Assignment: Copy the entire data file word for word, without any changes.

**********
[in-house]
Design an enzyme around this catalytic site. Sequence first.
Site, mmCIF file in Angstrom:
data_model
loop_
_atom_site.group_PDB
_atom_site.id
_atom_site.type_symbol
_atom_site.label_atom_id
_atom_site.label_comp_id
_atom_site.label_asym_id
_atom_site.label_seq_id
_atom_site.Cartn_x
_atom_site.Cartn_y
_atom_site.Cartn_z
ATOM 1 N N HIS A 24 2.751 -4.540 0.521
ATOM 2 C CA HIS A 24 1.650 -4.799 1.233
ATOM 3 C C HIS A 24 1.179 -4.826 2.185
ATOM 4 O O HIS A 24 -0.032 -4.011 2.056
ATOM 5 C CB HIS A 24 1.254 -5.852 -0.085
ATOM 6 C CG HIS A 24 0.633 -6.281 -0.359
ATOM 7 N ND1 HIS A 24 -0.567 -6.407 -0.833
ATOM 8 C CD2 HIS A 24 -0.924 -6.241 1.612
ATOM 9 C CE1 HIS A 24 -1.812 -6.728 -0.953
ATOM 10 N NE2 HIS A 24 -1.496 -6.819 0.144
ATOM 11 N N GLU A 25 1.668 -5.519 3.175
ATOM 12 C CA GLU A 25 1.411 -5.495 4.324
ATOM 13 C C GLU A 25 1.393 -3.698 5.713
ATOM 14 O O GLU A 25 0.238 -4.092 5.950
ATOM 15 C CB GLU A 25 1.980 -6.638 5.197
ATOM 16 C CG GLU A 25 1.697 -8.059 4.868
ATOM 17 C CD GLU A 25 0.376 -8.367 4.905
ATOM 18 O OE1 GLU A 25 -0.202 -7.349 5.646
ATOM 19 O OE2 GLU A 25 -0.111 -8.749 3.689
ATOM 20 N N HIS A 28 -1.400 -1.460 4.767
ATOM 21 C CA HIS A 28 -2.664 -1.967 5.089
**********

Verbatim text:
[in-house]
Design an enzyme around this catalytic site. Sequence first.
Site, mmCIF file in Angstrom:
data_model
loop_
_atom_site.group_PDB
_atom_site.id
_atom_site.type_symbol
_atom_site.label_atom_id
_atom_site.label_comp_id
_atom_site.label_asym_id
_atom_site.label_seq_id
_atom_site.Cartn_x
_atom_site.Cartn_y
_atom_site.Cartn_z
ATOM 1 N N HIS A 24 2.751 -4.540 0.521
ATOM 2 C CA HIS A 24 1.650 -4.799 1.233
ATOM 3 C C HIS A 24 1.179 -4.826 2.185
ATOM 4 O O HIS A 24 -0.032 -4.011 2.056
ATOM 5 C CB HIS A 24 1.254 -5.852 -0.085
ATOM 6 C CG HIS A 24 0.633 -6.281 -0.359
ATOM 7 N ND1 HIS A 24 -0.567 -6.407 -0.833
ATOM 8 C CD2 HIS A 24 -0.924 -6.241 1.612
ATOM 9 C CE1 HIS A 24 -1.812 -6.728 -0.953
ATOM 10 N NE2 HIS A 24 -1.496 -6.819 0.144
ATOM 11 N N GLU A 25 1.668 -5.519 3.175
ATOM 12 C CA GLU A 25 1.411 -5.495 4.324
ATOM 13 C C GLU A 25 1.393 -3.698 5.713
ATOM 14 O O GLU A 25 0.238 -4.092 5.950
ATOM 15 C CB GLU A 25 1.980 -6.638 5.197
ATOM 16 C CG GLU A 25 1.697 -8.059 4.868
ATOM 17 C CD GLU A 25 0.376 -8.367 4.905
ATOM 18 O OE1 GLU A 25 -0.202 -7.349 5.646
ATOM 19 O OE2 GLU A 25 -0.111 -8.749 3.689
ATOM 20 N N HIS A 28 -1.400 -1.460 4.767
ATOM 21 C CA HIS A 28 -2.664 -1.967 5.089